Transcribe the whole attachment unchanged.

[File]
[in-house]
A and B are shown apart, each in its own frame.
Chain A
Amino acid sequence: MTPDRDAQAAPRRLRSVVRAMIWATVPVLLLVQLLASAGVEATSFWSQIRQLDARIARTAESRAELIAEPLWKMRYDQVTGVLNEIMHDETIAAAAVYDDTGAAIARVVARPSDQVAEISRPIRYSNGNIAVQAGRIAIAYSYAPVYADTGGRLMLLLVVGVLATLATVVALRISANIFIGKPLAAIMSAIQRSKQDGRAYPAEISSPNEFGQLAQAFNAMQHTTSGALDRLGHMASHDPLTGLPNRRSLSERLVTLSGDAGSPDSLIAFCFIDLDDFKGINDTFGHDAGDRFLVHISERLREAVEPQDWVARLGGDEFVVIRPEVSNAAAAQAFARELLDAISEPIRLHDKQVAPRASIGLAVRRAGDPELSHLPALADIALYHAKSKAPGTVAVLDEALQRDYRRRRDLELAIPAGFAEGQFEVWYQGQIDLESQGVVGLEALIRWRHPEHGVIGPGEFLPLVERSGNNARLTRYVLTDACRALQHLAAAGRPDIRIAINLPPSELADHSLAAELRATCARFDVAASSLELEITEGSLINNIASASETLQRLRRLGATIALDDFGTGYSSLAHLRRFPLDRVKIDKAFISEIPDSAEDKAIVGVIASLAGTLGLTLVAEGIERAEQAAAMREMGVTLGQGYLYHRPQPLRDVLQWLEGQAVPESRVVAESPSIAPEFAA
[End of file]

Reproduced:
[in-house]
A and B are shown apart, each in its own frame.
Chain A
Amino acid sequence: MTPDRDAQAAPRRLRSVVRAMIWATVPVLLLVQLLASAGVEATSFWSQIRQLDARIARTAESRAELIAEPLWKMRYDQVTGVLNEIMHDETIAAAAVYDDTGAAIARVVARPSDQVAEISRPIRYSNGNIAVQAGRIAIAYSYAPVYADTGGRLMLLLVVGVLATLATVVALRISANIFIGKPLAAIMSAIQRSKQDGRAYPAEISSPNEFGQLAQAFNAMQHTTSGALDRLGHMASHDPLTGLPNRRSLSERLVTLSGDAGSPDSLIAFCFIDLDDFKGINDTFGHDAGDRFLVHISERLREAVEPQDWVARLGGDEFVVIRPEVSNAAAAQAFARELLDAISEPIRLHDKQVAPRASIGLAVRRAGDPELSHLPALADIALYHAKSKAPGTVAVLDEALQRDYRRRRDLELAIPAGFAEGQFEVWYQGQIDLESQGVVGLEALIRWRHPEHGVIGPGEFLPLVERSGNNARLTRYVLTDACRALQHLAAAGRPDIRIAINLPPSELADHSLAAELRATCARFDVAASSLELEITEGSLINNIASASETLQRLRRLGATIALDDFGTGYSSLAHLRRFPLDRVKIDKAFISEIPDSAEDKAIVGVIASLAGTLGLTLVAEGIERAEQAAAMREMGVTLGQGYLYHRPQPLRDVLQWLEGQAVPESRVVAESPSIAPEFAA